When I was pregnant last year, I remember how glorious the second trimester was for me. I no longer felt nauseous every second of every day like the first trimester, and I felt safer that I would be able to stay pregnant and have a viable pregnancy. I was so excited to start feeling my son kick and a tiny bump was finally there. Then the third trimester hit. My belly became massive and uncomfortable, my anxiety and depression went through the roof, and I was miserable. So I’m here to tell you the third trimester blues are real, and you’re definitely not alone if you’re experiencing them.
The third trimester. Not only are you feeling practically immobile, but everything feels like a chore. Washing your hair feels like you’re running a marathon, and shaving your legs? Forget about it. Even though you are so excited and so ready to meet that baby who has been kicking you since the second trimester, you still can’t shake the down-in-the-dumps feeling. And that’s OK. It’s normal to feel down when you’re not feeling like your best self, and if you’re anxiously waiting the arrival of a brand new tiny human. There’s also the lack of sleep and peeing 10 times a night that will make you feel a little down about your current situation, and add all those changing hormones? Your mood is toast. Of course you feel blue, right?
But it can actually go deeper than that according to Dr. Idries Abdur-Rahman, an OB-GYN, medical travel blogger, and one-half of the Twin Doctors for TwinDoctorsTV. "The third trimester blues are similar to the baby blues except they occur during the last third of pregnancy, the third trimester (from 28 weeks until delivery)," he says in an email interview with Romper. As to why they happen, "much like the baby blues, the third trimester blues don't just have one cause, and they are related to fluctuating hormone levels and physical discomforts exacerbated by life circumstances (lack of sleep, uncertainty about the future, financial concerns, relationship issues, etc.)," he says.
These blues can come as early as 7 months, but they usually really kick in those last few weeks before you deliver your baby. How do you know if you're just feeling crummy, or if you have third trimester blues? Abdur-Rahman says, "The third trimester blues are characterized by sadness, tearfulness, feelings of guilt, anxiety, irritability, and fear about the future (labor, delivery, and parenthood)."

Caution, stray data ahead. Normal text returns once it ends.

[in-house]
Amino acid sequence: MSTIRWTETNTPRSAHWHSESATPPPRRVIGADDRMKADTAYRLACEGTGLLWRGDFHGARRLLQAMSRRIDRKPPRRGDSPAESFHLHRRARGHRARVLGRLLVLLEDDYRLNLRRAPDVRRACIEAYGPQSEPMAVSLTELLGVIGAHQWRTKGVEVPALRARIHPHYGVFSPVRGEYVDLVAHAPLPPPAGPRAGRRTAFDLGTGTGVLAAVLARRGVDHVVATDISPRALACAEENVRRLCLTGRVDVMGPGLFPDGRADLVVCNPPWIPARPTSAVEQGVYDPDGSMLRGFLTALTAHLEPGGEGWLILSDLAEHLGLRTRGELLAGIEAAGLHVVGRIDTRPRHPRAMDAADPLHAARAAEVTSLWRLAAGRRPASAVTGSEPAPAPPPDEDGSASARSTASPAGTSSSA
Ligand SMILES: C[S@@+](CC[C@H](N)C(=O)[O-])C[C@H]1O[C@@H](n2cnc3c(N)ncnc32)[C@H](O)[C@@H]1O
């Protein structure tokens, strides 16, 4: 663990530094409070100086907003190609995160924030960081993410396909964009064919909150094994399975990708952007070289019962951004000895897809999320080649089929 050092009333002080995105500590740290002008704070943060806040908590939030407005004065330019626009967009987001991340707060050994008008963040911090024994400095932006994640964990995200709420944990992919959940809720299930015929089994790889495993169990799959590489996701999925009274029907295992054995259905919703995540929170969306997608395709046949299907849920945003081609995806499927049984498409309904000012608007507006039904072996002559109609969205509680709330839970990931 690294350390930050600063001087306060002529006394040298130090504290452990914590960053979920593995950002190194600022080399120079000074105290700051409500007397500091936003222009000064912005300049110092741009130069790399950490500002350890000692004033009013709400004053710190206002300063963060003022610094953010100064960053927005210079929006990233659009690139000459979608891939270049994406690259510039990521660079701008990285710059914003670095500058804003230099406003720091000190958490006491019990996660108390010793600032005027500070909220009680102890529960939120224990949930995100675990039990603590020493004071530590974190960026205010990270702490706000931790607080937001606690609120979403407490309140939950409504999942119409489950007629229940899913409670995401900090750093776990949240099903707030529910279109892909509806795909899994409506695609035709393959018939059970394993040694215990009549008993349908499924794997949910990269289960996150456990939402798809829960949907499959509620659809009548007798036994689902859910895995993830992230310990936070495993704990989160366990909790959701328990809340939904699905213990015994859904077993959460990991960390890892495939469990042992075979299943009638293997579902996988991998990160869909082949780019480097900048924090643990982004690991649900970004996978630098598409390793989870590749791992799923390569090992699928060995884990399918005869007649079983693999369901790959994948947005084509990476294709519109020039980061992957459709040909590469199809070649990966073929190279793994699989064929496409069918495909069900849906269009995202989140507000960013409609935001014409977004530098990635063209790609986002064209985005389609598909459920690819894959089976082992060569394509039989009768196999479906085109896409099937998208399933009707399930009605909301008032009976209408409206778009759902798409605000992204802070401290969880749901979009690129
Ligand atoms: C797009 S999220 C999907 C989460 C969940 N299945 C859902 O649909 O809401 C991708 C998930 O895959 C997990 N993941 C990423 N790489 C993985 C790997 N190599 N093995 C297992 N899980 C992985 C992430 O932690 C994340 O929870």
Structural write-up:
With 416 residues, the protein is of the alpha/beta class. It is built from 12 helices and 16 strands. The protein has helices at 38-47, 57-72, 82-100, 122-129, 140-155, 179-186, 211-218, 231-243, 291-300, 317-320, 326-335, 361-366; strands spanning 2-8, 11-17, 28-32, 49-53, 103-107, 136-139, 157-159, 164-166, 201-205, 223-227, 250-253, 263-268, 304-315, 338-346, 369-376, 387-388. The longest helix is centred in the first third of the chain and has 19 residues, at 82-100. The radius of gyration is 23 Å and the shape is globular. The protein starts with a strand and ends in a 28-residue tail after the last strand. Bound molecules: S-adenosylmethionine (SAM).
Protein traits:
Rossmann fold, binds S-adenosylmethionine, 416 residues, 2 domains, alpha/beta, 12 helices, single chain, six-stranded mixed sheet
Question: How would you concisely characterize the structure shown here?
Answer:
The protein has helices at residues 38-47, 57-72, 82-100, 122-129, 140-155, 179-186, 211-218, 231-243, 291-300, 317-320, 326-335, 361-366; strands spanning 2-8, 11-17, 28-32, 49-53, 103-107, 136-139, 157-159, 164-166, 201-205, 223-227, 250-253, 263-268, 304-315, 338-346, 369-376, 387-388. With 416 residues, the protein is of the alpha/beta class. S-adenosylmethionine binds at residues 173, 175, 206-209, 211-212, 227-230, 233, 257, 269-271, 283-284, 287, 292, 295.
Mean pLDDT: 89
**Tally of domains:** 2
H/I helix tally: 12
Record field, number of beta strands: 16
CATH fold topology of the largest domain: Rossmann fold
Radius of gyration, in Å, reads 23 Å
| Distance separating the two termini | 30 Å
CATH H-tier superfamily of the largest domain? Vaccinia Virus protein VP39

And if you have a prior history of depression — postpartum or generalized — Abdur-Rahman says that much like the baby blues, you'll have a higher risk of developing the third trimester blues. "And mothers who develop the third trimester blues have a higher risk of developing the baby blues or postpartum depression."
But you're definitely not alone. "Do most pregnant women experience fear, anxiety, and at times sadness during pregnancy? Absolutely! Does it rise to the level of the third trimester blues? Likely not, but many expectant mothers and new mothers don't feel comfortable discussing sadness surrounding pregnancy and new motherhood, so there is likely a lot of bias from under-reporting," Abdur-Rahman says.
To make sure you're doing "OK" and that you're not experiencing full-blown third trimester blues, he says it helps to have an attentive partner, and for you to monitor yourself for signs during and after pregnancy. Do you have excessive sadness, tearfulness, fear, anxiety, irritability, and feelings of guilt? You may need to talk to your healthcare provider.
Additionally, Abdur-Rahman suggests using the Edinburgh Depression Scale. "And we recommend that all expectant mothers take it at least once per trimester and at least twice after delivery. It asks and scores 10 simple questions and it is one of the easiest ways to spot developing depression in any form," he says.
The third trimester blues are a real thing, and are much more than the normal irritability, discomfort, and impatience you may be feeling in your third trimester. If you have a history of anxiety or depression, be sure to let your healthcare provider know so you can be evaluated to make sure you don't need additional assistance. Good luck, mama. Everything will be OK.